The longest I could get the Lowe’s molding is 12 feet. I wish it came in 16’s so I didn’t have to scarf two pieces on my long walls. Nevertheless, I have a good system for dialing in scarf joints such that they’re nearly invisible.
The solution is gluing with Liquid Nails and stapling a backer using 1/4-inch narrow crown staples behind one leg of the crown. The backer helps the miters sit nice and flush with one another and provides solid nailing. I also dab the miters with a little Phenoseal to glue and seal them together—but a little goes a long way here. You only want a dab or two to seal the joint when you squeeze the pieces together. If you use too much, you have to squeeze out all the excess creating a mess.
Making seamless miters requires all kinds of compromises in a very small space—push the bottom of one piece up, the top of another down … There are lots of spatial dimensions to work with until the miters close. The point is, be ready with shims and a painter’s 5-in-1 tool, which I love using use as a lever to move pieces so I can insert the shims. Once it’s dialed in, nail it.
Note: Resist the urge to pepper the trim with nails. I’ve seen carpenters who think more nails somehow means better work. I hate to break the news, but it’s better work that means better work. More nails than appropriate is just a hack-job in my book.
Tips for Door Trim
A Craftsman style door package looks slammin’ with a stately crown like this. My control point for door openings is a level line at the top of the opening. From there, I measure down to the floor (which, in the houses I work on, can vary by more than an inch in 60 inches). That gives me the lengths of the jamb legs (from which I then subtract 3/4 inch to make room for the head jamb).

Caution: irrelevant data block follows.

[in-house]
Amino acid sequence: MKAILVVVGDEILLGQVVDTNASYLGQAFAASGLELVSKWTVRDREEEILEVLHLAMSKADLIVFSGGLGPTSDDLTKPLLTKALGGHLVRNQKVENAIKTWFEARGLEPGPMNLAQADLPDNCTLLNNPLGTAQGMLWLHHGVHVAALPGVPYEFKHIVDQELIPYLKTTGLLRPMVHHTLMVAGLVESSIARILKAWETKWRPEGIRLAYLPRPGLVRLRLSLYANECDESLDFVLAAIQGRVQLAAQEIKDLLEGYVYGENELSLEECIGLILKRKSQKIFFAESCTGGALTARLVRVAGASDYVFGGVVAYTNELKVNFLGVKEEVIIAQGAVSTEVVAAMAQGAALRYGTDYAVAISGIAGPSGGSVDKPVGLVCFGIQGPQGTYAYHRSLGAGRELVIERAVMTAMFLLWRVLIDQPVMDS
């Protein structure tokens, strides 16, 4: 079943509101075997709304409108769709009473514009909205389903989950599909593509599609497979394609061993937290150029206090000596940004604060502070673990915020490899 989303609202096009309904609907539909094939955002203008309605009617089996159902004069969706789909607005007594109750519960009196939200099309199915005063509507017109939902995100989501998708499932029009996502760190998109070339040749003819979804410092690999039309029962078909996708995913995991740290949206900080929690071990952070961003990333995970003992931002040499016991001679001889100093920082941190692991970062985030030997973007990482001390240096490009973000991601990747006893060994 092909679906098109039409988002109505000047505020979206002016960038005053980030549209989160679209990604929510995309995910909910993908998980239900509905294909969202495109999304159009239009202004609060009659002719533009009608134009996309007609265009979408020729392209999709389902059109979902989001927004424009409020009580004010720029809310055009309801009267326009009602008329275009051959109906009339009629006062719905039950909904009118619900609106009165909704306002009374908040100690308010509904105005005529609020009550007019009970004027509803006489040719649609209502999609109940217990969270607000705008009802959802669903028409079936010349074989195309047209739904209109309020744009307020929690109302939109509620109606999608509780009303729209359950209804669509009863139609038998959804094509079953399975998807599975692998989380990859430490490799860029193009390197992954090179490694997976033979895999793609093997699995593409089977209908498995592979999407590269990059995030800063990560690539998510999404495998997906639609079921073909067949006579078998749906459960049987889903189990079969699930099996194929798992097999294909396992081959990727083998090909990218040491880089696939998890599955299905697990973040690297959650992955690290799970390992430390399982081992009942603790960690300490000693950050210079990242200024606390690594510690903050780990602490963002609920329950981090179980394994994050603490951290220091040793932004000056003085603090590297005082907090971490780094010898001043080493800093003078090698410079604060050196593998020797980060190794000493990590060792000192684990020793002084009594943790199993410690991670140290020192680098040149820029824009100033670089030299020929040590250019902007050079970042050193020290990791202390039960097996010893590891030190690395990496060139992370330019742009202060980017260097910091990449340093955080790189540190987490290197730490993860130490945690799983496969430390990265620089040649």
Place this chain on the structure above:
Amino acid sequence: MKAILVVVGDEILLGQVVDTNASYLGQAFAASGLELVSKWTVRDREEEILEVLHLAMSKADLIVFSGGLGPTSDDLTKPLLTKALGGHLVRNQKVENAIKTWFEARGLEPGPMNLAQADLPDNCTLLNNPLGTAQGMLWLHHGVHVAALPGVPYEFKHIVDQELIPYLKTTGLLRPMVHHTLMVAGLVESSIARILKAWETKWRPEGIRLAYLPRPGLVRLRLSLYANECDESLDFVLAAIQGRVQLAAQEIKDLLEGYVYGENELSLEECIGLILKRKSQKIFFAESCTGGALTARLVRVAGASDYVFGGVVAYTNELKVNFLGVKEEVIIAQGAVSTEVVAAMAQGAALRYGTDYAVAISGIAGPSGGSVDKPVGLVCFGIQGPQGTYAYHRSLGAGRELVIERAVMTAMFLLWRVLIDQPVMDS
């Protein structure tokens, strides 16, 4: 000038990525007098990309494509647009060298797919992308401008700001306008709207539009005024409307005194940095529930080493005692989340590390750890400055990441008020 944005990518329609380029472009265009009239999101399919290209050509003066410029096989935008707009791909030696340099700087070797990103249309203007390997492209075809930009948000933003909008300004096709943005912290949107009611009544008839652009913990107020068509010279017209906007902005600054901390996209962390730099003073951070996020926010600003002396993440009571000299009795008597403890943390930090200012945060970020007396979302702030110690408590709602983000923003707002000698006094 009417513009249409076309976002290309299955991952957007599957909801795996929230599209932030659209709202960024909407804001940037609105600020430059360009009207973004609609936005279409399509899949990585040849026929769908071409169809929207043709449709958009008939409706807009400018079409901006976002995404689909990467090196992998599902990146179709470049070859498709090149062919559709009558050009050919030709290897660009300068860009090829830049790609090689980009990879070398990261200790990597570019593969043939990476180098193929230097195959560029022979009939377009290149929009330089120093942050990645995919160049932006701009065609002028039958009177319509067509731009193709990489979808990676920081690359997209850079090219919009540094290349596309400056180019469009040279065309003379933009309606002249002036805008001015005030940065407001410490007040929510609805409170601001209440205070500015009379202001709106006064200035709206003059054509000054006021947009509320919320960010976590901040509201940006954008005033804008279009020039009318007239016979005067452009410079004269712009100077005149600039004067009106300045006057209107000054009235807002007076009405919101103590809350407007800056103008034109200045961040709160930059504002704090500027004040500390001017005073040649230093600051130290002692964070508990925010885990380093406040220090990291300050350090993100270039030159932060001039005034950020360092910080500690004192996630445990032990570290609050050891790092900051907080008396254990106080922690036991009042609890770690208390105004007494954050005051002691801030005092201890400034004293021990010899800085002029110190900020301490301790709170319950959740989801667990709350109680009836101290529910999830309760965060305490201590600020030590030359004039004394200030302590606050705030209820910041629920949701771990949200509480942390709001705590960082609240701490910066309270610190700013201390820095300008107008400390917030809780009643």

Next, I measure across the top to get the head jamb length. I cut all the pieces, then pre-assemble them with screws into a single unit. This increases accuracy and enhances accurate installation.
Next, I tack the jamb unit with a few nails. Before nailing it off, I ensure everything is as flush as can be with the wall; I straighten it; I shim it; then I nail it.
I make plinth blocks from 5/4 stock. Here, they’re 9-1/2 inches high, and I chamfered 3 edges with my router. They get installed flush to the inside edge of the jamb legs, with no reveal.
Next, I use one of my favorite tools—my 7-inch Stanley combination square—set it to 3/16 inch, and scribe the reveal for the jamb legs and head. At the intersection of the head and leg the pencil lines form crosshairs. From that crosshairs, I measure down to the top of the plinth block and that’s the jamb leg measurement. I cut and install them.
The bead detail was also unavailable at my lumber yard, so I milled it from 1/2-inch stock using my router and a round-over bit.
To register its length, I measure outside-to-outside on the jamb legs then add 1/2 inch. And, instead of dead-ending it, I carry the routed edge around and back to the wall with a return.
I register the head jamb’s length off the bead. Instead of measuring it, though, I scribe it and add a return. Ditto on the crown detail. It’s accurate and fast.
Back to Base Molding
For the base molding I copied, sort of, the home’s existing molding—a full 1-inch by 8-inch with a base cap. Instead of special ordering 5/4-by-8 stock, all I did was zap strips of 1/8-inch plywood along the wall with 3/4-inch narrow crown staples, and then popped standard pre-primed 1-by-8 to that. On top of the base, I installed a full 3/4-inch thick by 1-1/2 inch tall base cap.
It really works nicely! Note: Where the base meets the plinth blocks, there is no reveal, which looks off. To get a shadow line in there, I ran the same chamfer as the plinth on the end of the base—a perfect solution.
Blended Styles, Unified Feel
If you’re a purist, you can throw the design ideas in this piece out the window. Sure, the techniques work, but maybe the design isn’t your bag.
For inspiration, I purloined looks from different forms and eras—everything from the American 4-square house design to Craftsman style trim, to mouldings (moldings with a U because they’re that fancy) copied from a 200-year old estate but made with modern materials. And somehow it all crashes, or coalesces, into a high-fidelity whole that holds together.
And that’s the point: You don’t have to be pigeonholed by what you see on the shelf or in the shelter books! A working vocabulary of various architectural styles is the key to original work, and it’s another thing that draws me to fixing houses. It presents the opportunity to bring my own craft and eye and sense to a project. And even if it’s in someone else’s home, it can still be mine.
Mark Clement is a home-improvement contractor, co-host of “MyFixItUpLife” and author of The Carpenter’s Notebook. Visit www.myfixituplife.com.